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The need for naps

Crucial physical and mental development occur in early childhood, and sleep provides much-needed rest for little bodies need to rejuvenate and grow. For children to get enough of it though, some daytime sleep is usually needed. These are generally referred to as nap times.

Napping helps to keep little children from becoming overtired. A tired child is usually a moody and cranky one and this moodiness may last throughout the day. Tiredness is also capable of affecting the quality of a child’s sleep at night.

The sleep needs of children

The sleep needs of children vary from one child to another. For example, one toddler may sleep 13 hours at night with only some daytime catnapping, while another sleeps only 9 hours at night but compensates with full 2-hour naps each afternoon.

These age-based guidelines might give you an idea of the average daily sleep requirements of a typical young child:

Birth to 6 months:

Infants sleep a lot! These little human beings require about 16 to 20 hours of sleep per day in total. Younger infants tend to sleep on and off around the clock, waking every two or three hours to nurse. As they approach four months of age, sleep rhythms become more established. Most babies sleep for 10 to 12 hours at night, (interrupted for feeding), and for an average of three to five hours of sleep during the day (usually grouped into two or three naps).

6 to 12 months:

Babies this age usually sleep about 11 hours at night, plus at least two daytime naps totaling three to four hours. At this age, most infants do not need to wake up at night to feed, but other factors such as separation anxiety may contribute to sleep disturbances.

Toddlers (1 to 3 years):

Toddlers generally require 10 to 13 hours of sleep, including an afternoon nap of one to three hours. Some toddlers may even take up to two naps in a day. However, it is essential for parents to make sure that naps are not taken too close to bedtime, as this would make it difficult for them to doze off at night.

Preschoolers (3 years old):

Preschoolers sleep for an average of about 10 to 12 hours at night, plus a short afternoon nap. Many of them tend to give up this nap-time by the age of five or so.

Naps times can be tricky

There is no “one-for-all” when it comes to sleeping hours. However, there are certain factors that may influence the amount of sleep needed by a child, and these include the age and the total sleep-time of a child during a 24-hour period.

Signs of Insufficient Sleep

Most parents underestimate the amount of sleep their children need, so be sure to watch your child’s behavior for signs of sleep deprivation, which can range from the obvious, like tiredness, to more subtle problems with behavior and demeanor.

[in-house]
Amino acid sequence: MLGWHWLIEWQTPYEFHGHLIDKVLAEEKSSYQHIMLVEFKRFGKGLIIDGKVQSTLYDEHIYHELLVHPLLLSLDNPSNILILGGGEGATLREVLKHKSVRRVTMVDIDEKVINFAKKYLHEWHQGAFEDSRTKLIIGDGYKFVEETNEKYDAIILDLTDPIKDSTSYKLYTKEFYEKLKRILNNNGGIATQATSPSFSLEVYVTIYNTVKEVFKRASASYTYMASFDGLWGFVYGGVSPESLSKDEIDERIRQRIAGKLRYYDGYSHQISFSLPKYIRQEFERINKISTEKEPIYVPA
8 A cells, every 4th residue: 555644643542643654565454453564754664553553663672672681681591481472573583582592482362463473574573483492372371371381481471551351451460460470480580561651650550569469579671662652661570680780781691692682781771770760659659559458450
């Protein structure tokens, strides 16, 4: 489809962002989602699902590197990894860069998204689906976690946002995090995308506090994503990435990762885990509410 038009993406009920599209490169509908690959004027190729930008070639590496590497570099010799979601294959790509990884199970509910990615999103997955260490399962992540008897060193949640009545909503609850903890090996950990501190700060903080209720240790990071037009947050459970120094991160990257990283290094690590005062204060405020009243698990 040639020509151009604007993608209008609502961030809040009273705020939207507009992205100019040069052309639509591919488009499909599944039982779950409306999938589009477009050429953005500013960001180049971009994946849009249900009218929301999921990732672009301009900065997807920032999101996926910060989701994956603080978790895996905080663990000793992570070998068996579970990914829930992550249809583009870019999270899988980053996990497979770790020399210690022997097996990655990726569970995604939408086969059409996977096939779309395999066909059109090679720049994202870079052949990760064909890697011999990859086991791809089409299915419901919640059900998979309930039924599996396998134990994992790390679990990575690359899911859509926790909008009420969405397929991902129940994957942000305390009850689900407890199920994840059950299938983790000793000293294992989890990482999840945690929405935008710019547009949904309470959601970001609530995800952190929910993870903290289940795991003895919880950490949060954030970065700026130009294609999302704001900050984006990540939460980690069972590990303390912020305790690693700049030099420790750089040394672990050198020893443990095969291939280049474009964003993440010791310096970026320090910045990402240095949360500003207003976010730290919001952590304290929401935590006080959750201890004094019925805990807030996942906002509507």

Ask yourself:

  • Does my child seem sleepy during the day?
  • Does my child get cranky and irritable in the late afternoon?
  • Is it a battle to get my child out of bed every morning?
  • Is my child inattentive, impatient, hyperactive or aggressive?

If you answered yes to any of these questions, consider adjusting your child’s sleep or nap schedule. It may take several weeks to find a routine that works. Talk to your doctor if you have concerns about your child’s sleep.

Getting into a napping routine

The key to good napping can be as simple as setting up a good nap routine early on and sticking to it. With infants, watch for cues like fussing and rubbing eyes, then put your baby down for a nap while sleepy but not yet asleep. This teaches little ones how to fall asleep themselves – an indispensable quality to have as they get older.

Soft music or light tapping on the body can help ease the transition to sleep and may be sources of comfort for your child too.

For toddlers and preschoolers, sticking to a nap time schedule can be more challenging. Though many do still have naps, others don’t want to miss out on a minute of the action and will fight sleep even as their eyes are closing. In cases such as these, don’t let nap time become a battle – you can’t force your child to sleep, but you can insist on some quiet time. Let your child read books or play quietly in his or her room.

Parents are often surprised by how quickly quiet time can lead to the little one dozing off!

Even if it doesn’t, at least your child is getting some much-needed rest. If your child has given up daytime naps, consider adjusting to an earlier bedtime.

Why your child needs to nap

Many parents worry that nap time will interfere with kids’ bedtime. Well, if a child takes a late-afternoon nap, this certainly could be the case.

Still, before you put an end to nap times with hopes that your child will be all worn out by bedtime, consider this: Well-rested kids are quicker to settle down at night than overtired ones. Overtired kids are often “wired” and restless, unable to self-soothe at bedtime, and are more likely to wake up throughout the night.

If you still feel your child’s late nap is the cause of bedtime problems, try making the nap a little earlier than usual. You can begin by waking your child a little earlier in the morning so the nap can begin sooner. You can also try waking your child from a nap earlier than usual so he or she has a longer active period before bedtime.

Remember though that at the end of the day, each child has unique needs when it comes to rest and sleep. If your little one is not getting the textbook-recommended sleep allotment, but still seems to be alright in every way, then he or she probably is!

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